"One (1) bladder, also intact, half-full." "You don't get to play with that either."
All we needed was a few canopic jars. Some decorated boxes. The poor man hollowed completely out, muscle and tissue and skin barely holding it all together on the table, reduced to an inventory in a coroner's office. And yes, he was very dead. Briscoe'd said so and I trusted his judgment. Best necromancer in the county.
And one of the best guys I knew. He said a prayer over the man's remains while I signed the witness report. "What's he doing?" the coroner wanted to know. Because popular movies and gory comic books had necromancy happening with all kinds of gibberish and ritual, as though it weren't just a matter of putting enough energy into a body to keep it moving. You could lose a lot of cell integrity and as long as the basic structures were intact and you had a powerful necromancer, a dead body could still walk and talk and think enough to do basic math and answer yes or no. Anything else and you had to have a few sparks still in the brain, and something we called spirit and the rest of the world called by fifty different names.
This guy's chest was open and his organs were on the table, which did not count as basic structural integrity. And he'd been dead long enough for the spark in his brain to fade. His spirit was wherever it went after we died. I saw he'd had a small cross in his personal effects. Hopefully he'd gone to heaven.
"Praying," I said, snapping the clipboard top down over the pen. "Giving respect to the dead. You could try it sometime. We done here?"
That was unfair. The coroner had respect, he hadn't wanted those dead folks to go walking out of his morgue. We hadn't found out what had gone screwy with the putting back down of the raised dead that day. Something about that restaurant, those deaths, it had gotten in their brains and kept them stubbornly alive far longer than they should have been. The place was a tourist trap now. Come see where the bloodbath happened. And then they called us ghouls.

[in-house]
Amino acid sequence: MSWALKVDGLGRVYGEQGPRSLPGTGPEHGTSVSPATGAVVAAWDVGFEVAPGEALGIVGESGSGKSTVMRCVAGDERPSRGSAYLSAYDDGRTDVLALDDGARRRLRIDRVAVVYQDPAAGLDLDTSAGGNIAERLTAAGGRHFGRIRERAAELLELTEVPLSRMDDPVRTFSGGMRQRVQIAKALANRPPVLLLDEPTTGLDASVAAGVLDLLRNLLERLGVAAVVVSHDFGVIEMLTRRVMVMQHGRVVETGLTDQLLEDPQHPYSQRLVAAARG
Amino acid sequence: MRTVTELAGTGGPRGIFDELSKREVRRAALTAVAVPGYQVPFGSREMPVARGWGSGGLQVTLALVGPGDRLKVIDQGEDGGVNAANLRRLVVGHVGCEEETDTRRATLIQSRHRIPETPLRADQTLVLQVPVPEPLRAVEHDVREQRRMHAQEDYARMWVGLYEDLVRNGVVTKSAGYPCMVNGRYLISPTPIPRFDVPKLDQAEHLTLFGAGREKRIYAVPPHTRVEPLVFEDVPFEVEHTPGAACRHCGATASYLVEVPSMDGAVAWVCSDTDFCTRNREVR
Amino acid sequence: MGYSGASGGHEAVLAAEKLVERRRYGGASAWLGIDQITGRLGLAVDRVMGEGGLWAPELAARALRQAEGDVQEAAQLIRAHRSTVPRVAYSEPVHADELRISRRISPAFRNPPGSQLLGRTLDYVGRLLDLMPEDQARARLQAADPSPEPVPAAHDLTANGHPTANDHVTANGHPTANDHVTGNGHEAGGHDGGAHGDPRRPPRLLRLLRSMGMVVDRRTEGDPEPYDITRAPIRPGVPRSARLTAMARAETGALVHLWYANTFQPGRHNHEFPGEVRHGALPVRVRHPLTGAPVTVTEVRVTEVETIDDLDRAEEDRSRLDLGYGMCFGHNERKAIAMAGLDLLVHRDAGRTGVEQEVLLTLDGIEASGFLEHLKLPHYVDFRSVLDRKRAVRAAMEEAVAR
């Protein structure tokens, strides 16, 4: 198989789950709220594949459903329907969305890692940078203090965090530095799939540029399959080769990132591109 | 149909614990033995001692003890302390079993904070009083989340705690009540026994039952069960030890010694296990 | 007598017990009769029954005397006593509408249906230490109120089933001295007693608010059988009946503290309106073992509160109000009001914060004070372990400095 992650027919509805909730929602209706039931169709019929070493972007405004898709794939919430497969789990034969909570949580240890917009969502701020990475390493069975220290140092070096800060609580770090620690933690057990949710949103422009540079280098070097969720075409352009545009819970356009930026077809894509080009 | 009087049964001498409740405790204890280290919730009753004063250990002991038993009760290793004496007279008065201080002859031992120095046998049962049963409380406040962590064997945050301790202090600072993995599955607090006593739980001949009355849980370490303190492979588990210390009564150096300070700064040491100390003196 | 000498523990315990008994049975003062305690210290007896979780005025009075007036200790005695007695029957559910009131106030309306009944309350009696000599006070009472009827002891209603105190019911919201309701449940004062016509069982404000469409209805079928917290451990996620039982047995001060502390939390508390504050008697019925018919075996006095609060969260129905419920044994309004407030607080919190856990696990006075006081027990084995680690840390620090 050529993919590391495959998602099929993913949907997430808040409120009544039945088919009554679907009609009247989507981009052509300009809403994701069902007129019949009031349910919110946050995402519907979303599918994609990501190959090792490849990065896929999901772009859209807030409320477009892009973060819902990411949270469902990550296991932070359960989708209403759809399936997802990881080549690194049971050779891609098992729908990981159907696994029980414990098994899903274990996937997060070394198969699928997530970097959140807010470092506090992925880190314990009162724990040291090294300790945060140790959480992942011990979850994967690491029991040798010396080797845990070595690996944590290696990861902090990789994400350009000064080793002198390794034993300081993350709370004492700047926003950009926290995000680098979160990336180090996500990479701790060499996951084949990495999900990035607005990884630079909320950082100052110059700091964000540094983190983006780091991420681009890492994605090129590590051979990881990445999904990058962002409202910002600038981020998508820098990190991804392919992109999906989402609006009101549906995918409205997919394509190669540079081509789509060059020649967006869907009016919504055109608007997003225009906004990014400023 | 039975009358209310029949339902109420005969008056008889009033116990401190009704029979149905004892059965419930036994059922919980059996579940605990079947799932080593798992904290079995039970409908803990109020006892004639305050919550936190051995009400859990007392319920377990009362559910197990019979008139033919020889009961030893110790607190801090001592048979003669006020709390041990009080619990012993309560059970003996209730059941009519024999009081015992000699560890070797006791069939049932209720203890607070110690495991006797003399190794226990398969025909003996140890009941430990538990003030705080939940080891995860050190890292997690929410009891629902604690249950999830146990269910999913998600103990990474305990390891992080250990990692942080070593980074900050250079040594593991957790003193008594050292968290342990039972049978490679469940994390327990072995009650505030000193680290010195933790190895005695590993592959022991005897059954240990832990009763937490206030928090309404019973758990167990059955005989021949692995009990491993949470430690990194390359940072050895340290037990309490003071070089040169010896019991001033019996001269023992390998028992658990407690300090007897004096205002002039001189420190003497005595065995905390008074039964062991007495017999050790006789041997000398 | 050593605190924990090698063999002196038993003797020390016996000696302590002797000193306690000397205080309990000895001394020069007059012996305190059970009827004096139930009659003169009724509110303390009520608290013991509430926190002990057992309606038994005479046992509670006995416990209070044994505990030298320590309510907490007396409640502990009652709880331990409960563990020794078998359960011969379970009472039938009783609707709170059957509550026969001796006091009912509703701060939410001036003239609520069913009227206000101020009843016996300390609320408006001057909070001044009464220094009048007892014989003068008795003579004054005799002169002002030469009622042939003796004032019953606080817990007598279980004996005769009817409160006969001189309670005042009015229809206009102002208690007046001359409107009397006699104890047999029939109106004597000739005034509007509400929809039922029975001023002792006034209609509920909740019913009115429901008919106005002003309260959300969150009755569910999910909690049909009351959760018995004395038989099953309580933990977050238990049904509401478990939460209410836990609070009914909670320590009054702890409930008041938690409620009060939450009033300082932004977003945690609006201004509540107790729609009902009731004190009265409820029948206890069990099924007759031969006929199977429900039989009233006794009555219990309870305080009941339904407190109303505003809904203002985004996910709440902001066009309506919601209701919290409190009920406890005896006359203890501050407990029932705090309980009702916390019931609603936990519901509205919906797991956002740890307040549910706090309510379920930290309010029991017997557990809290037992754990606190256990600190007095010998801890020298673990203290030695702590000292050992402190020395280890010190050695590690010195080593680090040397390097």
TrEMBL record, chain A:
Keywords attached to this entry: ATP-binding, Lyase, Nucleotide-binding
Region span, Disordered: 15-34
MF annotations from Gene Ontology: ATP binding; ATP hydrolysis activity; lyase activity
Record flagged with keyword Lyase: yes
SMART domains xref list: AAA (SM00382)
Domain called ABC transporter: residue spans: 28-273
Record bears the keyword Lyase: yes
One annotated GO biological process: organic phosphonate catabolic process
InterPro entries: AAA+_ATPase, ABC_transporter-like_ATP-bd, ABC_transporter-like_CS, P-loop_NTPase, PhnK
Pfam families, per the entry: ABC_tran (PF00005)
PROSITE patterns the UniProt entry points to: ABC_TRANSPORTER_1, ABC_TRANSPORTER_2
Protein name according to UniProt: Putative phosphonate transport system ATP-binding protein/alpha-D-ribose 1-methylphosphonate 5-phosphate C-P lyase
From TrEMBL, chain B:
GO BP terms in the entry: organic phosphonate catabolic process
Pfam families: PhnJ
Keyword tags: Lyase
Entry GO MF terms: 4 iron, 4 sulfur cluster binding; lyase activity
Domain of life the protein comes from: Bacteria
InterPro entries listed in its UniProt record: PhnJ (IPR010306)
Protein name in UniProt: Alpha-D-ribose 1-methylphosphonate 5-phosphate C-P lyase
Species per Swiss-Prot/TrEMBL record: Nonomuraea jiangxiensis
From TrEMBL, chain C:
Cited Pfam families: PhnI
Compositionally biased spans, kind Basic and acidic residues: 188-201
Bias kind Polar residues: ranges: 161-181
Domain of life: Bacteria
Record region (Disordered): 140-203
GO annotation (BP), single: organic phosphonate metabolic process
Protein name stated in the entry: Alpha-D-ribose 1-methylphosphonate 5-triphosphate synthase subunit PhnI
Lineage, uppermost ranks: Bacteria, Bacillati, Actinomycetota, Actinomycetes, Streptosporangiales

"Yeah." He sounded tired. "Yeah, you guys are done. I'll talk to the boss."
I tucked my arm through Briscoe's as we left. He looked like he could use a friend. "All good?"
"I guess. You know that guy was younger than I am, right?" Briscoe was the oldest of us at the Body Shop, I never could figure why he was doing crime scene cleanup at his age. Unless it was the necromancy. Doing what he could for the poor bastards who'd died in violent or questionable circumstances.
I nodded. "I know." And left it at that because nothing I could say would make that pain any better. It would have been easier if he'd known the guy. We have social scripts for that. We don't have scripts for the non-joking conversation about feeling the end of your life creeping up on you. You're not out to pasture yet? Got plenty of years left in you? Could either of those phrases do anything to lift the cold reality that in the end we were all an inventory of working and non-working parts catalogued from a dead system?
Briscoe straightened, tugging my arm up an inch. "You feel like a coffee? I could use a coffee. I'm buying."
"Like hell you are. You can buy donuts for the rest of the office, though." Rollo, that was. Boss had thrown a pencil at me earlier that day, he didn't get donuts.
"All right," he laughed, catching my meaning exactly. We three of us worked well together. "Let's go put some toxins into our bodies."
"One (1) circulatory system, caffeine percentages less than optimal," I nodded.
"One (1) stomach, containing less sugar than desired."
We comedy-marched across the street to the donut shop and ordered the finest bean swill and sugared pastry to be found.